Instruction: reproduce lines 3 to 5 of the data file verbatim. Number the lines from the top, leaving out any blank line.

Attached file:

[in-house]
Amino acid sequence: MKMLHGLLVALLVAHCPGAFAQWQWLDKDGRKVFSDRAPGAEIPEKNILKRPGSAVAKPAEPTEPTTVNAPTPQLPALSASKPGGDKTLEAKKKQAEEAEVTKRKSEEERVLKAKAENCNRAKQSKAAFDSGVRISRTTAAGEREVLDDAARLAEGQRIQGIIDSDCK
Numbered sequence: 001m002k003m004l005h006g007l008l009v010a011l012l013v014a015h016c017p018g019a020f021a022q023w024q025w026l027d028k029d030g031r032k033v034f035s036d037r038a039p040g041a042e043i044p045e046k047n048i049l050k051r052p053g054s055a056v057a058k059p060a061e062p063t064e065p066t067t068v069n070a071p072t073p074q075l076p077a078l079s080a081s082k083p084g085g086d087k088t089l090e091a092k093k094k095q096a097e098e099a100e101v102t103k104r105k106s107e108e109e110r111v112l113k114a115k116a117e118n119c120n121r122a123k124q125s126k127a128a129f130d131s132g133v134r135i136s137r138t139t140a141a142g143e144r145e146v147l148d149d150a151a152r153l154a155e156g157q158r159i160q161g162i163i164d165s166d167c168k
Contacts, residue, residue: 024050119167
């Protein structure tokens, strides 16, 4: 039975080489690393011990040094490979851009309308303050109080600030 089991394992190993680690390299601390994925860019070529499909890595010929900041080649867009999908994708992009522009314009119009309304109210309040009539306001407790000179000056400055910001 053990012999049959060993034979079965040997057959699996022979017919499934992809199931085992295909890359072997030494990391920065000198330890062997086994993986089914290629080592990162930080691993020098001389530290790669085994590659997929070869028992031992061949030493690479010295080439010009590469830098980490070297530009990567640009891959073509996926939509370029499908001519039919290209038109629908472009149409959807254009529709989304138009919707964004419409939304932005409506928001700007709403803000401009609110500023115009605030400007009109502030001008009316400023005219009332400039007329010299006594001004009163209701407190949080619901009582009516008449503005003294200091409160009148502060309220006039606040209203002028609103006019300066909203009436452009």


Numbered sequence: 001m002k003m004l005h006g007l008l009v010a011l012l013v014a015h016c017p018g019a020f021a022q023w024q025w026l027d028k029d030g031r032k033v034f035s036d037r038a039p040g041a042e043i044p045e046k047n048i049l050k051r052p053g054s055a056v057a058k059p060a061e062p063t064e065p066t067t068v069n070a071p072t073p074q075l076p077a078l079s080a081s082k083p084g085g086d087k088t089l090e091a092k093k094k095q096a097e098e099a100e101v102t103k104r105k106s107e108e109e110r111v112l113k114a115k116a117e118n119c120n121r122a123k124q125s126k127a128a129f130d131s132g133v134r135i136s137r138t139t140a141a142g143e144r145e146v147l148d149d150a151a152r153l154a155e156g157q158r159i160q161g162i163i164d165s166d167c168k
Contacts, residue, residue: 024050119167
């Protein structure tokens, strides 16, 4: 039975080489690393011990040094490979851009309308303050109080600030 089991394992190993680690390299601390994925860019070529499909890595010929900041080649867009999908994708992009522009314009119009309304109210309040009539306001407790000179000056400055910001 053990012999049959060993034979079965040997057959699996022979017919499934992809199931085992295909890359072997030494990391920065000198330890062997086994993986089914290629080592990162930080691993020098001389530290790669085994590659997929070869028992031992061949030493690479010295080439010009590469830098980490070297530009990567640009891959073509996926939509370029499908001519039919290209038109629908472009149409959807254009529709989304138009919707964004419409939304932005409506928001700007709403803000401009609110500023115009605030400007009109502030001008009316400023005219009332400039007329010299006594001004009163209701407190949080619901009582009516008449503005003294200091409160009148502060309220006039606040209203002028609103006019300066909203009436452009």